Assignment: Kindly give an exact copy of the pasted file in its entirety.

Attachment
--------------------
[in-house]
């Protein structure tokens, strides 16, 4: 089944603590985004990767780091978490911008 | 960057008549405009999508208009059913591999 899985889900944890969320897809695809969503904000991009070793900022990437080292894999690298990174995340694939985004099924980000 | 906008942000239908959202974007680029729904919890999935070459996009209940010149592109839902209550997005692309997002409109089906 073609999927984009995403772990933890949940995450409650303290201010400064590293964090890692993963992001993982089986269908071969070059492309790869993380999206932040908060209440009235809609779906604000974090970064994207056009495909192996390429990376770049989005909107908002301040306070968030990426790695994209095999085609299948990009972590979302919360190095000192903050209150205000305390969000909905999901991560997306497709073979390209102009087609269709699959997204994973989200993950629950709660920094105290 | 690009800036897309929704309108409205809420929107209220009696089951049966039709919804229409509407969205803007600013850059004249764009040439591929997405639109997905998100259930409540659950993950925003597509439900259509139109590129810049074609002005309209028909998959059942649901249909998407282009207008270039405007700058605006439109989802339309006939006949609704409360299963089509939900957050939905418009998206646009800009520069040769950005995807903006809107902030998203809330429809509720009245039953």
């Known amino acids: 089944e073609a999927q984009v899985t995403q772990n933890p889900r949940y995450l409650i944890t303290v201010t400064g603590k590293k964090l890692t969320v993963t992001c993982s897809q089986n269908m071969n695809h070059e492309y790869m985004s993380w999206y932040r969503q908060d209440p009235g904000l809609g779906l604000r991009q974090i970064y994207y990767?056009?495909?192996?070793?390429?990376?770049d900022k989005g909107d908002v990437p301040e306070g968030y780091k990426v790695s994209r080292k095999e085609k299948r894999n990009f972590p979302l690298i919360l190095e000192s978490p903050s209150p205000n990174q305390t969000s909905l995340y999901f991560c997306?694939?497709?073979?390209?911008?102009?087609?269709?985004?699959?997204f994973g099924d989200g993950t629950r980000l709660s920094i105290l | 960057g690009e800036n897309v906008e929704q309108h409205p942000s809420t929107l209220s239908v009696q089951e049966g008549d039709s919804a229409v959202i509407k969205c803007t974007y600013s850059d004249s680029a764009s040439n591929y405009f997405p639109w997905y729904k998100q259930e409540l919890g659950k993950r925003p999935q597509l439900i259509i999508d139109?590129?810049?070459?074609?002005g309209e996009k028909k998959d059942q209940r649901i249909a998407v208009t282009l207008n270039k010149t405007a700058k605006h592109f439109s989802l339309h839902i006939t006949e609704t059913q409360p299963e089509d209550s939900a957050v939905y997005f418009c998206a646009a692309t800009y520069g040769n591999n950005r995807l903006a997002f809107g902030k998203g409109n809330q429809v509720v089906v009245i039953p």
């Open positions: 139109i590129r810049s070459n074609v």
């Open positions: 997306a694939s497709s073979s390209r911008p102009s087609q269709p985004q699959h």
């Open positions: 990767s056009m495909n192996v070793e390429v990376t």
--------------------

[in-house]
């Protein structure tokens, strides 16, 4: 089944603590985004990767780091978490911008 | 960057008549405009999508208009059913591999 899985889900944890969320897809695809969503904000991009070793900022990437080292894999690298990174995340694939985004099924980000 | 906008942000239908959202974007680029729904919890999935070459996009209940010149592109839902209550997005692309997002409109089906 073609999927984009995403772990933890949940995450409650303290201010400064590293964090890692993963992001993982089986269908071969070059492309790869993380999206932040908060209440009235809609779906604000974090970064994207056009495909192996390429990376770049989005909107908002301040306070968030990426790695994209095999085609299948990009972590979302919360190095000192903050209150205000305390969000909905999901991560997306497709073979390209102009087609269709699959997204994973989200993950629950709660920094105290 | 690009800036897309929704309108409205809420929107209220009696089951049966039709919804229409509407969205803007600013850059004249764009040439591929997405639109997905998100259930409540659950993950925003597509439900259509139109590129810049074609002005309209028909998959059942649901249909998407282009207008270039405007700058605006439109989802339309006939006949609704409360299963089509939900957050939905418009998206646009800009520069040769950005995807903006809107902030998203809330429809509720009245039953």
């Known amino acids: 089944e073609a999927q984009v899985t995403q772990n933890p889900r949940y995450l409650i944890t303290v201010t400064g603590k590293k964090l890692t969320v993963t992001c993982s897809q089986n269908m071969n695809h070059e492309y790869m985004s993380w999206y932040r969503q908060d209440p009235g904000l809609g779906l604000r991009q974090i970064y994207y990767?056009?495909?192996?070793?390429?990376?770049d900022k989005g909107d908002v990437p301040e306070g968030y780091k990426v790695s994209r080292k095999e085609k299948r894999n990009f972590p979302l690298i919360l190095e000192s978490p903050s209150p205000n990174q305390t969000s909905l995340y999901f991560c997306?694939?497709?073979?390209?911008?102009?087609?269709?985004?699959?997204f994973g099924d989200g993950t629950r980000l709660s920094i105290l | 960057g690009e800036n897309v906008e929704q309108h409205p942000s809420t929107l209220s239908v009696q089951e049966g008549d039709s919804a229409v959202i509407k969205c803007t974007y600013s850059d004249s680029a764009s040439n591929y405009f997405p639109w997905y729904k998100q259930e409540l919890g659950k993950r925003p999935q597509l439900i259509i999508d139109?590129?810049?070459?074609?002005g309209e996009k028909k998959d059942q209940r649901i249909a998407v208009t282009l207008n270039k010149t405007a700058k605006h592109f439109s989802l339309h839902i006939t006949e609704t059913q409360p299963e089509d209550s939900a957050v939905y997005f418009c998206a646009a692309t800009y520069g040769n591999n950005r995807l903006a997002f809107g902030k998203g409109n809330q429809v509720v089906v009245i039953p």
């Open positions: 139109i590129r810049s070459n074609v």
């Open positions: 997306a694939s497709s073979s390209r911008p102009s087609q269709p985004q699959h």
């Open positions: 990767s056009m495909n192996v070793e390429v990376t």